Friday, October 21, 2022

When Moby Dick Is An Email

The Kansas Supreme Court accepted findings of misconduct and disbarred an attorney a mere three years after admission

This is a contested attorney discipline proceeding against Jack R.T. Jordan, of North Kansas City, Missouri, who was admitted to practice law in Kansas in 2019. A panel of the Kansas Board for Discipline of Attorneys concluded Jordan violated the Kansas Rules of Professional Conduct during federal court proceedings initiated to obtain a document known as the "Powers e-mail" under the federal Freedom of Information Act, 5 U.S.C. § 552 (2018). Across various pleadings, Jordan persistently accused multiple federal judges of lying about that e-mail's contents, lying about the law, and committing crimes including conspiring with others to conceal the document.

Disciplinary Counsel noted in argument that he is a longtime member of the New York Bar. 

No First Amendment protection for the conduct

Taking Jordan's right-to-petition contention first, we can quickly dispense with it. "Just as false statements are not immunized by the First Amendment right to freedom of speech, baseless litigation is not immunized by the First Amendment right to petition. [Citations omitted.]" Bill Johnson's Restaurants, Inc. v. N.L.R.B., 461 U.S. 731, 743, 103 S. Ct. 2161, 76 L. Ed. 2d 277 (1983). Any discipline imposed here is premised on Jordan's baseless assertion of frivolous factual issues while litigating his FOIA cases in federal court. The right to petition does not shield him from discipline.

...the First Amendment does not shield Jordan from discipline for his motion practice that asserted frivolous factual claims as the basis for requesting relief from court orders, KRPC 3.1; knowingly violated court rules and orders, KRPC 3.4(c); impugned the integrity and qualifications of judges, KRPC 8.2(a); was prejudicial to the administration of justice, KRPC 8.4(d); and adversely reflected on his fitness to practice law, KRPC 8.4(g). Although Jordan argues he only sought to express what he believes to be constitutionally protected criticism of the judges at issue, he was not free to do so in a manner violating ethical limitations on his conduct in court and in his filings in court proceedings.

As to the substance

Jordan made numerous accusations of lying "about the law" and the contents of the Powers e-mail; criminal concealment of evidence; and conspiracy to conceal evidence. He aimed these accusations at judges before whom he appeared, attorneys opposing his bids to obtain the Powers e-mail, the disciplinary panel, and the Disciplinary Administrator's office. The outlandish nature, abusive tone, frequency, and breadth of these accusations, and their seemingly indiscriminate application to anyone who opposes Jordan—including the Disciplinary Administrator and the hearing panel—render them incredible on their face.

The court concluded that disbarment was the appropriate discipline.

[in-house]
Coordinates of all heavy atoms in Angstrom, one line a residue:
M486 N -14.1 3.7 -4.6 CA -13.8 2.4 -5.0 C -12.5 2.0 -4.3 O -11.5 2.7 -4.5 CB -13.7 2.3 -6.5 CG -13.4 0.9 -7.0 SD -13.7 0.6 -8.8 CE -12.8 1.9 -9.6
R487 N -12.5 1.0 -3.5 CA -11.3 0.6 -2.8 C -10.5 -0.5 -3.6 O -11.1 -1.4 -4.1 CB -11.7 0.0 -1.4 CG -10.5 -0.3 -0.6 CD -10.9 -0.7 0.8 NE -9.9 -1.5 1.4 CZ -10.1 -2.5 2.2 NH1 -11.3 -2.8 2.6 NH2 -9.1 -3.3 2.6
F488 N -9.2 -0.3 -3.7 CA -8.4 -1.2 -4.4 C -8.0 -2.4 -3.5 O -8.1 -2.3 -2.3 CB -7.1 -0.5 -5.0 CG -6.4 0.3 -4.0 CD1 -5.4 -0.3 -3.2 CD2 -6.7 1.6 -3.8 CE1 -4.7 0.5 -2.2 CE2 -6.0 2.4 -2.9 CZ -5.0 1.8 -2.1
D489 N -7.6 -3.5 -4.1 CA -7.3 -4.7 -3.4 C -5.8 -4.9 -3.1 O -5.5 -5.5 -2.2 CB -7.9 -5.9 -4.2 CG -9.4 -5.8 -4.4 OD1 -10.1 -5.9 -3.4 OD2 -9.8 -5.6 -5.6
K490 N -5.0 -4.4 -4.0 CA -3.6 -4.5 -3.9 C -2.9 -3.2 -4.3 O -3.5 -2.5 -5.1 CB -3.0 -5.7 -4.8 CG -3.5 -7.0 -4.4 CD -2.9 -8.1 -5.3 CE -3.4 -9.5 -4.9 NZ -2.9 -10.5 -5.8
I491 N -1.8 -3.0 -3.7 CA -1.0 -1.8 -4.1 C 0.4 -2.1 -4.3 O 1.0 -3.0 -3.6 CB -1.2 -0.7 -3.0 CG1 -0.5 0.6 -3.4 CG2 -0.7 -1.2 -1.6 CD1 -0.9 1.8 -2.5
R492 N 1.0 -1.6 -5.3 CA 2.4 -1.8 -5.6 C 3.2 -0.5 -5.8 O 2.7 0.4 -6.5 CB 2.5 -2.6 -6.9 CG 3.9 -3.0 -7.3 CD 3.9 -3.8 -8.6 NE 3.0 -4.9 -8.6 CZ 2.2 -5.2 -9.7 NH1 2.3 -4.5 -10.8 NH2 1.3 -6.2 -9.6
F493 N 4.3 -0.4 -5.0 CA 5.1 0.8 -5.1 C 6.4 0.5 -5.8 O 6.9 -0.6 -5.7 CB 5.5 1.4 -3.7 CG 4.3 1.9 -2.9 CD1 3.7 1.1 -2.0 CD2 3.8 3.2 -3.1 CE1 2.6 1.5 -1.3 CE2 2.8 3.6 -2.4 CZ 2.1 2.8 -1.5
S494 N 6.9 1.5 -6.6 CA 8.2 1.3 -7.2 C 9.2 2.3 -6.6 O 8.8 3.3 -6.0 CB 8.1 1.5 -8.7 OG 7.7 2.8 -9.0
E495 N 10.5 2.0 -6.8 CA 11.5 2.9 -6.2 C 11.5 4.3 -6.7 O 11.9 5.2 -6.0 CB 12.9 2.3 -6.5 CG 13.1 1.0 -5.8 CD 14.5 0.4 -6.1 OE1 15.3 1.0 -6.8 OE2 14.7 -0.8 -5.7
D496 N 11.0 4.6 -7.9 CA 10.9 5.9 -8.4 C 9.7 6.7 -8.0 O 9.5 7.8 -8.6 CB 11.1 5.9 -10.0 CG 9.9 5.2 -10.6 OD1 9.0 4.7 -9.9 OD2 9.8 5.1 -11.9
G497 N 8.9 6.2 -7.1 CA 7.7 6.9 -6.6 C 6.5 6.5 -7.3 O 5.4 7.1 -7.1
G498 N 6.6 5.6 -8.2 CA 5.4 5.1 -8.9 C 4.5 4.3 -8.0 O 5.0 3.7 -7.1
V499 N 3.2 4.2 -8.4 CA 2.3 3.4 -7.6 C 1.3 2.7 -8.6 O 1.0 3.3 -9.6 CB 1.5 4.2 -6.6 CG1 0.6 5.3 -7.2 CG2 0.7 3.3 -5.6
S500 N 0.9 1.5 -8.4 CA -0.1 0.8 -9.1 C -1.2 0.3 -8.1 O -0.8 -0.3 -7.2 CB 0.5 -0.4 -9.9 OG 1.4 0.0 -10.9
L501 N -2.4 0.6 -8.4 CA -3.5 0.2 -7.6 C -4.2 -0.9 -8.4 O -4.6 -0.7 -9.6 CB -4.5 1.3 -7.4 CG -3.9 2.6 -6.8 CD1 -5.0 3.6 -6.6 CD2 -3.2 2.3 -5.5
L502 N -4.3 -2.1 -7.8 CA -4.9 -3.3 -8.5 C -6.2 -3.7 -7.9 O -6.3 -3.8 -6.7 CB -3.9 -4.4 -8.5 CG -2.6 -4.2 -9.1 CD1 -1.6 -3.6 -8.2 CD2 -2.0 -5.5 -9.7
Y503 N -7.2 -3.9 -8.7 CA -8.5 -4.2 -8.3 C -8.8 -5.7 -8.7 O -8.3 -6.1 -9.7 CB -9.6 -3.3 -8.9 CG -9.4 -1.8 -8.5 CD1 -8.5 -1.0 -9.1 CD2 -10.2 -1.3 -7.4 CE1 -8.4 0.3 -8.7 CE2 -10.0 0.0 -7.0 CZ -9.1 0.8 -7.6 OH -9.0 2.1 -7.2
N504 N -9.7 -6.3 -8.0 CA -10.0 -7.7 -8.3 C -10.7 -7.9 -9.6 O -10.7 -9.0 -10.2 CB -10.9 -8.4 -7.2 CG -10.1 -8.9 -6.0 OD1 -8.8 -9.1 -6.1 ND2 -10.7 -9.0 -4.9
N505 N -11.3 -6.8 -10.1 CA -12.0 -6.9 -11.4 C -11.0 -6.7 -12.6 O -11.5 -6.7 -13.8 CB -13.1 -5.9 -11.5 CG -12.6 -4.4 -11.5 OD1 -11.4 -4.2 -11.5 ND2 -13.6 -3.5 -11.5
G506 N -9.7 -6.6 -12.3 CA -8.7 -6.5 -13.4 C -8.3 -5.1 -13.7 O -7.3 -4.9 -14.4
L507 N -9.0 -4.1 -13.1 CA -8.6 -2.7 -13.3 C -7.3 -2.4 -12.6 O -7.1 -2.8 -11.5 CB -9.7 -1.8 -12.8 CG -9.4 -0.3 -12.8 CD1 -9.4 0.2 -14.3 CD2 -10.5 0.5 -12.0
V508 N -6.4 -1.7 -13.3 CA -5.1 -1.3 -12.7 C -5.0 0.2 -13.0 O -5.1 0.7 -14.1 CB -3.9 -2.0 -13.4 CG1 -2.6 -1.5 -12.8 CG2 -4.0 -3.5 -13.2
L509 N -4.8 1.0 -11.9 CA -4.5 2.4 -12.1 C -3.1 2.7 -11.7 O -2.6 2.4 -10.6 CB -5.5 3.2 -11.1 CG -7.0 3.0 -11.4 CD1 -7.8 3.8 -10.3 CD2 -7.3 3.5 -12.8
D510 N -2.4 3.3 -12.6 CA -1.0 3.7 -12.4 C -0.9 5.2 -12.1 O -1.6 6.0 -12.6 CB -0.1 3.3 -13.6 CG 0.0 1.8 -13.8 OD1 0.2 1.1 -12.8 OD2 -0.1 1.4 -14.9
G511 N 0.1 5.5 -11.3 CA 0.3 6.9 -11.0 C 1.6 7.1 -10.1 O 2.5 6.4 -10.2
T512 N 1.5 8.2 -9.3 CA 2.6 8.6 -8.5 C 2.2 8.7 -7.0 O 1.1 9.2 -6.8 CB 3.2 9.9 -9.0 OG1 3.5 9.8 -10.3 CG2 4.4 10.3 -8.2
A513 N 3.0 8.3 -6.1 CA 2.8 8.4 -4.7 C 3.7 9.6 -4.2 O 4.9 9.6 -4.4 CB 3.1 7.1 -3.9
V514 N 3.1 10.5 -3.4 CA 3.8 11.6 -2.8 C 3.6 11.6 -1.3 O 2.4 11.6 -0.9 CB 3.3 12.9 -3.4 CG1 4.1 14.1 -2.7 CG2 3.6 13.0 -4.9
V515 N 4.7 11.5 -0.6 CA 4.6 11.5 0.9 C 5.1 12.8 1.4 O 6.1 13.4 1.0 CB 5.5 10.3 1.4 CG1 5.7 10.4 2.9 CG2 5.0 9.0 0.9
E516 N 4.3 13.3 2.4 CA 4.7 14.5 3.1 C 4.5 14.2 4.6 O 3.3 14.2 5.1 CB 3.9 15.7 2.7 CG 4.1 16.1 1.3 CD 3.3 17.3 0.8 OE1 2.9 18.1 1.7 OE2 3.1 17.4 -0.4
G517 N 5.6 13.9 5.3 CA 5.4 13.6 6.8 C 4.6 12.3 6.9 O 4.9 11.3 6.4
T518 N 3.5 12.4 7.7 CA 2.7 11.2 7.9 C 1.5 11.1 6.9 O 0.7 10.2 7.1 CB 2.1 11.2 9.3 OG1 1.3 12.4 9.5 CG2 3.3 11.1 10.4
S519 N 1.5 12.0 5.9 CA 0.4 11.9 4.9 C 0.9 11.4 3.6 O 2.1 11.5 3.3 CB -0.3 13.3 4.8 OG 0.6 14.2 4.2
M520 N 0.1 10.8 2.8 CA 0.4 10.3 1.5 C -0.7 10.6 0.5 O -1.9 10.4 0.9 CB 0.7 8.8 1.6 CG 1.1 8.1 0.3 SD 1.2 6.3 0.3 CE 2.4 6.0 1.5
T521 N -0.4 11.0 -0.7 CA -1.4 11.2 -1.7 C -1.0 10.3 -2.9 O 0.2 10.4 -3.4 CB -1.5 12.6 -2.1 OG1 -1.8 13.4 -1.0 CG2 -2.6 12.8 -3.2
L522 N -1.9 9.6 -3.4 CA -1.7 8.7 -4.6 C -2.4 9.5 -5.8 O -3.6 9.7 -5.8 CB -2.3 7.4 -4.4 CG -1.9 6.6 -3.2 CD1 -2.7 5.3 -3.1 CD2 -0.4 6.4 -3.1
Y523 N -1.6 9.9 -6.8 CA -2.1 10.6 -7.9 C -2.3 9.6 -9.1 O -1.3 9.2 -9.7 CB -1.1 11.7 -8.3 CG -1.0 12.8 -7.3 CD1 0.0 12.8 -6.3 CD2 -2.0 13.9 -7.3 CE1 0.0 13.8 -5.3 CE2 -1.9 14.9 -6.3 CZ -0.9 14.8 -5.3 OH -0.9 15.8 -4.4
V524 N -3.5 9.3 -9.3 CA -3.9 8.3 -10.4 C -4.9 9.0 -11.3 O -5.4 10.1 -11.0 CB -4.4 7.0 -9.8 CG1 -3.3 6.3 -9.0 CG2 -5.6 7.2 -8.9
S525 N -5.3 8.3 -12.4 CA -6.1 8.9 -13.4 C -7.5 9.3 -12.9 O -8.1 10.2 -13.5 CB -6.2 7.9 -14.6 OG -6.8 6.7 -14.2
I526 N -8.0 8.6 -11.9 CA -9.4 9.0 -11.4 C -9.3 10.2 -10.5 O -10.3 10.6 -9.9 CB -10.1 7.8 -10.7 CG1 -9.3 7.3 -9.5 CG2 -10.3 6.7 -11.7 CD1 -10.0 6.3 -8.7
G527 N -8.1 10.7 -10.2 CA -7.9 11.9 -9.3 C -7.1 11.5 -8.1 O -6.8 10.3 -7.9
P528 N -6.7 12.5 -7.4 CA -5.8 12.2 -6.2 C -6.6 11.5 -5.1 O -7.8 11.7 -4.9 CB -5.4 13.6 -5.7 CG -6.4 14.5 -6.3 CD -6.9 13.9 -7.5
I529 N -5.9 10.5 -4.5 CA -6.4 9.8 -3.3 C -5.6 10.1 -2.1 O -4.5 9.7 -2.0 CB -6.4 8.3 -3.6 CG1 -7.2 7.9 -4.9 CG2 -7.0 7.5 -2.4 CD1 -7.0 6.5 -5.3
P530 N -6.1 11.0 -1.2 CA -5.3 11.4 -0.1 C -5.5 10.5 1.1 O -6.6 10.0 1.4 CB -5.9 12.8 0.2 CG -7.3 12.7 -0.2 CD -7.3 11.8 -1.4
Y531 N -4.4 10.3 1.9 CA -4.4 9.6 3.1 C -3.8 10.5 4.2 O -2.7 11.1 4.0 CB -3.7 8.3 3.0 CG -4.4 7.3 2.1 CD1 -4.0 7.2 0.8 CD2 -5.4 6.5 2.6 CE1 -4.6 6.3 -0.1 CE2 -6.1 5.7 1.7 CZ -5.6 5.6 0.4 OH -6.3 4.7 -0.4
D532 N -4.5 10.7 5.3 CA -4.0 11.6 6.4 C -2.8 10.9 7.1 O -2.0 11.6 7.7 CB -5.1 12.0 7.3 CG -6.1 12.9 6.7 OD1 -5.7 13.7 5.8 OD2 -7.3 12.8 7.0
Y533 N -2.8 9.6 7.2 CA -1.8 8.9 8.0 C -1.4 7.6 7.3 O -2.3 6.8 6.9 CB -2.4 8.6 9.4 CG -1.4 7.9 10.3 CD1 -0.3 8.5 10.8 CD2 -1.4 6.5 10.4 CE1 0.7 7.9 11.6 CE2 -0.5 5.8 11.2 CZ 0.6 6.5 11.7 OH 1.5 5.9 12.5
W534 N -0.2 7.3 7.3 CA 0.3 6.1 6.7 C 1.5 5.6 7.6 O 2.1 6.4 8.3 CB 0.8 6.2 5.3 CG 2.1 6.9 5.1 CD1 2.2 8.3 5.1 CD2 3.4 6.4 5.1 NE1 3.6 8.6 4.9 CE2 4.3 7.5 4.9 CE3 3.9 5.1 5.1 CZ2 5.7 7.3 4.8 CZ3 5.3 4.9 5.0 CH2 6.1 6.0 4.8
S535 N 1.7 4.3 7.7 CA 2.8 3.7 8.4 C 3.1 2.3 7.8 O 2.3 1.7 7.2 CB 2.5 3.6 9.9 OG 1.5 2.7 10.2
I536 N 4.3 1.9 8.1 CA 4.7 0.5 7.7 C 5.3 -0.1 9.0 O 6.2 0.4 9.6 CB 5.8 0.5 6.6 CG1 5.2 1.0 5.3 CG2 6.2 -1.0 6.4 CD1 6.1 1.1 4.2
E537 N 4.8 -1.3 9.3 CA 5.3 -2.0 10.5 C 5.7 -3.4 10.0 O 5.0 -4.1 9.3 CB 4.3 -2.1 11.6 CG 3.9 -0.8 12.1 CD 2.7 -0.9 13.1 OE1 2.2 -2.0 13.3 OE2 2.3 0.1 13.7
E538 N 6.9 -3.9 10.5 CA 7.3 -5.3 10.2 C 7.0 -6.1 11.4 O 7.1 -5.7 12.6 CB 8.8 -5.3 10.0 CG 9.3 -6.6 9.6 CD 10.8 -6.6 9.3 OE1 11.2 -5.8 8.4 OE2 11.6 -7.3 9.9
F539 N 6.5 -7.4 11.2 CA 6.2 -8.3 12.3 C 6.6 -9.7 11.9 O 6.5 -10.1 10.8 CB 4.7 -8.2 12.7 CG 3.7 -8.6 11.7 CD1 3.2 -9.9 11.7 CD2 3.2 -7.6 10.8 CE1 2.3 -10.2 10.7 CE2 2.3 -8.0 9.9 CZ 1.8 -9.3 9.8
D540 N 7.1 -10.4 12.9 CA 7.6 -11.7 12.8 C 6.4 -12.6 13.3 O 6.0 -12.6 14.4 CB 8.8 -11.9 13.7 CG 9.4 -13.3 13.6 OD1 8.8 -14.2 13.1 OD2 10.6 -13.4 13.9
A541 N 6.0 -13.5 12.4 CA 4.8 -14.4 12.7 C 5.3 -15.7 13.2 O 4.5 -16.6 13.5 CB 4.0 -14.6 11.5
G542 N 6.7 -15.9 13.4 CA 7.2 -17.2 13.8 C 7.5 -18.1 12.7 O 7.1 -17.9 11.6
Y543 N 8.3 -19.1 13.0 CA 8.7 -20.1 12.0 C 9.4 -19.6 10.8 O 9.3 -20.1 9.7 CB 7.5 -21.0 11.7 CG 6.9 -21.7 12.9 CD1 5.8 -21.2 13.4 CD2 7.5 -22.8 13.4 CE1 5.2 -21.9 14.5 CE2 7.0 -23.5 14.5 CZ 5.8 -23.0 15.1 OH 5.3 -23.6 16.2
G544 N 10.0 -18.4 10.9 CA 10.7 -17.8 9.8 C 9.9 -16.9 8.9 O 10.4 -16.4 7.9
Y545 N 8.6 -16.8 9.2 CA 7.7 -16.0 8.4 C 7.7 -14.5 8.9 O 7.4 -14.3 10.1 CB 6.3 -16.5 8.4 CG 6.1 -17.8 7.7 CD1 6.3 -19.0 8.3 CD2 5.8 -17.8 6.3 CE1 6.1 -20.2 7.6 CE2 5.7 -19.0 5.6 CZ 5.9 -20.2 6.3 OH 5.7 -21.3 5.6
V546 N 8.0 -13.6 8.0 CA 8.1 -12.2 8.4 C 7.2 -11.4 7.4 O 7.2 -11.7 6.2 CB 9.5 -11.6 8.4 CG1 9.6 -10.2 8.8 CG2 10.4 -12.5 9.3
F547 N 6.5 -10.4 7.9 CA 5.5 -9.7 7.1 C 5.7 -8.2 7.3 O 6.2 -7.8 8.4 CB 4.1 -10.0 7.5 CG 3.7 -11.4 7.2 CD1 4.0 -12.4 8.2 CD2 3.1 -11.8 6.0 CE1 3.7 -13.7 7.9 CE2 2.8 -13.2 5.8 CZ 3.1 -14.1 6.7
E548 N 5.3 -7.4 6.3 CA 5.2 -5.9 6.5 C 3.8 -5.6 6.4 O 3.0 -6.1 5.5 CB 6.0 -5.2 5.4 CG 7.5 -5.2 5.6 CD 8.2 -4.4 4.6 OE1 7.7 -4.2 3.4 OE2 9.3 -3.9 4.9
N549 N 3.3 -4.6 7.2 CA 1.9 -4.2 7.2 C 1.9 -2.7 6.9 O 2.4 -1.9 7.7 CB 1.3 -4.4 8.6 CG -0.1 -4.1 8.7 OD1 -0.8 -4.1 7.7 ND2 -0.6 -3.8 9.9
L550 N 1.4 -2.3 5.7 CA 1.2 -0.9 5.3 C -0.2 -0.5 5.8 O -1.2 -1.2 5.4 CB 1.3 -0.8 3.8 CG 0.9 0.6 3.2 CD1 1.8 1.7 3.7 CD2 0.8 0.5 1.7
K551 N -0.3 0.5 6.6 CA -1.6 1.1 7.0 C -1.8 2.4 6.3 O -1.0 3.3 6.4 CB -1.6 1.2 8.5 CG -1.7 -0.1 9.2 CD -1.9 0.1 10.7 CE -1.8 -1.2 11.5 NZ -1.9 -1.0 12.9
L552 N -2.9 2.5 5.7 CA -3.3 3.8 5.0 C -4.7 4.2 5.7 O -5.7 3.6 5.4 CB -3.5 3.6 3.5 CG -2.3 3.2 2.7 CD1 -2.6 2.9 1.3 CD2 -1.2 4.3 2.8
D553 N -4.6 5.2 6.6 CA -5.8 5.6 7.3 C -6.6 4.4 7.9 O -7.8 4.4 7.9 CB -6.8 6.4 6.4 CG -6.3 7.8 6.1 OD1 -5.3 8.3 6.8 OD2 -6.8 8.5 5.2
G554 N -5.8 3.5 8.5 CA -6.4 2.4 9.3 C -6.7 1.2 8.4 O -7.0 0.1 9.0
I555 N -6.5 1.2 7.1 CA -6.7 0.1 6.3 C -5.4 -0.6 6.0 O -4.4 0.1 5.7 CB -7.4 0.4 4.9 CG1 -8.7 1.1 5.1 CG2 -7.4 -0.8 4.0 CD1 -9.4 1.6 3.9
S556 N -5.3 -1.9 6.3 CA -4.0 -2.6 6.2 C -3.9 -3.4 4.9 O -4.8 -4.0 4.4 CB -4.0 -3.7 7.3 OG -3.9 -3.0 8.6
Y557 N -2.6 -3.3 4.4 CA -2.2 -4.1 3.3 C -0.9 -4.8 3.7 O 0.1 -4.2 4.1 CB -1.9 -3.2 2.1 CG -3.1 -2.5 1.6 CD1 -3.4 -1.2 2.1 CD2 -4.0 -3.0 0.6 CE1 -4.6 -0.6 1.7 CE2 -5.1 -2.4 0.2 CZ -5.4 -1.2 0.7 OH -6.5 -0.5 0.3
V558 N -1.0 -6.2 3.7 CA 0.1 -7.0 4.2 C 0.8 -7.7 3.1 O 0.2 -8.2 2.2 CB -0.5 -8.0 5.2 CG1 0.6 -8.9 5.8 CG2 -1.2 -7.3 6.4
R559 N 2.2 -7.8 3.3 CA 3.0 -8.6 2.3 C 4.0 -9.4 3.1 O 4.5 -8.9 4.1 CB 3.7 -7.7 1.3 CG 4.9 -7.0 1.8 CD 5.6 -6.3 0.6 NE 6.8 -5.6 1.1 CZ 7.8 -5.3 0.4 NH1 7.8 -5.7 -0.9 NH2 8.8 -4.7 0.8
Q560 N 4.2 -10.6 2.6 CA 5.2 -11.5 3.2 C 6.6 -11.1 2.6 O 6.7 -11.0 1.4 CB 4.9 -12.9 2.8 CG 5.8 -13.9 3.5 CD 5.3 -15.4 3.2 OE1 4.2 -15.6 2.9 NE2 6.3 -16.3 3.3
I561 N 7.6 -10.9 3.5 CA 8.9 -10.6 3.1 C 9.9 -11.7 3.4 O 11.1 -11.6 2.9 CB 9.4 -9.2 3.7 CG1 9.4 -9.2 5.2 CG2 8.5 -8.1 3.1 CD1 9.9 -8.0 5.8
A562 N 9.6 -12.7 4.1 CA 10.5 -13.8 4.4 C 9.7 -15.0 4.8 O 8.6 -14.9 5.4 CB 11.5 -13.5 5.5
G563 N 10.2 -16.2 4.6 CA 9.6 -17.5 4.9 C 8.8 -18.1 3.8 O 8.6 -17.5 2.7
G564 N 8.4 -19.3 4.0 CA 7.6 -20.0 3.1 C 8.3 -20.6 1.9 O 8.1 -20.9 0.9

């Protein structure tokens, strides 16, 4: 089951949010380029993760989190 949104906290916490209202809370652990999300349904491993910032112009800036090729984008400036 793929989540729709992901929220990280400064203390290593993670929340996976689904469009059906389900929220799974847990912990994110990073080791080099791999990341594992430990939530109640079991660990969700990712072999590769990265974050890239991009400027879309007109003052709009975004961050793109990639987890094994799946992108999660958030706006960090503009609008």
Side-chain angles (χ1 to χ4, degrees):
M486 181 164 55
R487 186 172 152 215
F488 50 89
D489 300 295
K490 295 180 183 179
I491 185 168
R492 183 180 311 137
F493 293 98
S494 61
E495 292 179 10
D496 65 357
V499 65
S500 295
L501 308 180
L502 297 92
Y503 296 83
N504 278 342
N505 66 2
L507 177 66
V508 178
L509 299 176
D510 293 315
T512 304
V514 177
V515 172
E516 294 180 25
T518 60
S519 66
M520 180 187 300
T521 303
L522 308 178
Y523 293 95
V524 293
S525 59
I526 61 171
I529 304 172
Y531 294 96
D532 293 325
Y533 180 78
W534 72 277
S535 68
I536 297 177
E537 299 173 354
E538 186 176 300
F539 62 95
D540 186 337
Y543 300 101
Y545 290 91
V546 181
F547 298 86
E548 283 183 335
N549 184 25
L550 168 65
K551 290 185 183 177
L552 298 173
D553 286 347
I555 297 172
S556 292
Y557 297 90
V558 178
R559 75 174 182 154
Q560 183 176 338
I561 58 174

Oral argument linked here. (Mike Frisch)

Bar Discipline & Process | Permalink


It's common sense and a common saying that people sometimes miss the forest for the trees. Here, the post missed the whale for the email. The whale is not merely an email, it is evidence. Kansas justices claimed they saw "clear and convincing evidence" that the lawyer violated five rules of conduct. It is impossible to find the evidence. Many government lawyers and judges have tried. They did not do it and cannot do it.

It is very old news that judges sometimes say things just because what they say sounds legitimate when they know, in fact, that it's not. One of the nicest U.S. Supreme Court pieces of precedent to address such conduct was in Wood v. Georgia, 370 U.S. 375, 386 (1962): Due process of law requires much more than the mere “enunciation of a constitutionally acceptable standard” by judges merely purportedly “describing the effect of” the lawyer’s “conduct.” In that case, the Supreme Court accentuated the absence of evidence to protect an officer of a court (a sheriff) who criticized multiple judges.

The Supreme Court was less kind but more cryptic in its Miranda decision. That decision is the source of the famous Miranda warnings, but the Court reiterated a different warning that should be famous:

“Crime is contagious. If the government becomes a lawbreaker, it breeds contempt for law; it invites every man to become a law unto himself; it invites anarchy.” Miranda v. Arizona, 384 U.S. 436, 479-80 (1966) quoting Olmstead v. United States, 277 U.S. 438, 485 (1928) (Brandeis, J., dissenting).

Government offices don’t commit crimes, but government employees definitely do. Here, the lawyer stated that federal judges had lied by making particular assertions and they committed particular federal offenses. To repress such heretical speech, the federal judges sought to have Kansas justices disbar the attorney. That fact, alone, speaks volumes. It defies common sense that the federal judges would not, themselves (if they could), disbar the attorney. They still have not done so--even though (over a two year period) the Chief Judge of the federal court of the judges that the lawyer criticized has issued three show cause orders.

Kansas justices’ contentions purportedly supporting disbarment provide clear and convincing evidence that their own contentions were false. It is impossible to identify any evidence (much less evidence that is clear and convincing) that the lawyer’s statements violated any rule of conduct. To date, no one (including any judge or government attorney) has been able to identify any evidence that any statement by the lawyer was false, frivolous or prejudiced the administration of justice in any way. They cannot show us the evidence because it does not exist. Many judges and government lawyers have tried to find it. It cannot be done.

Posted by: Jack Jordan | Feb 28, 2023 6:14:34 AM

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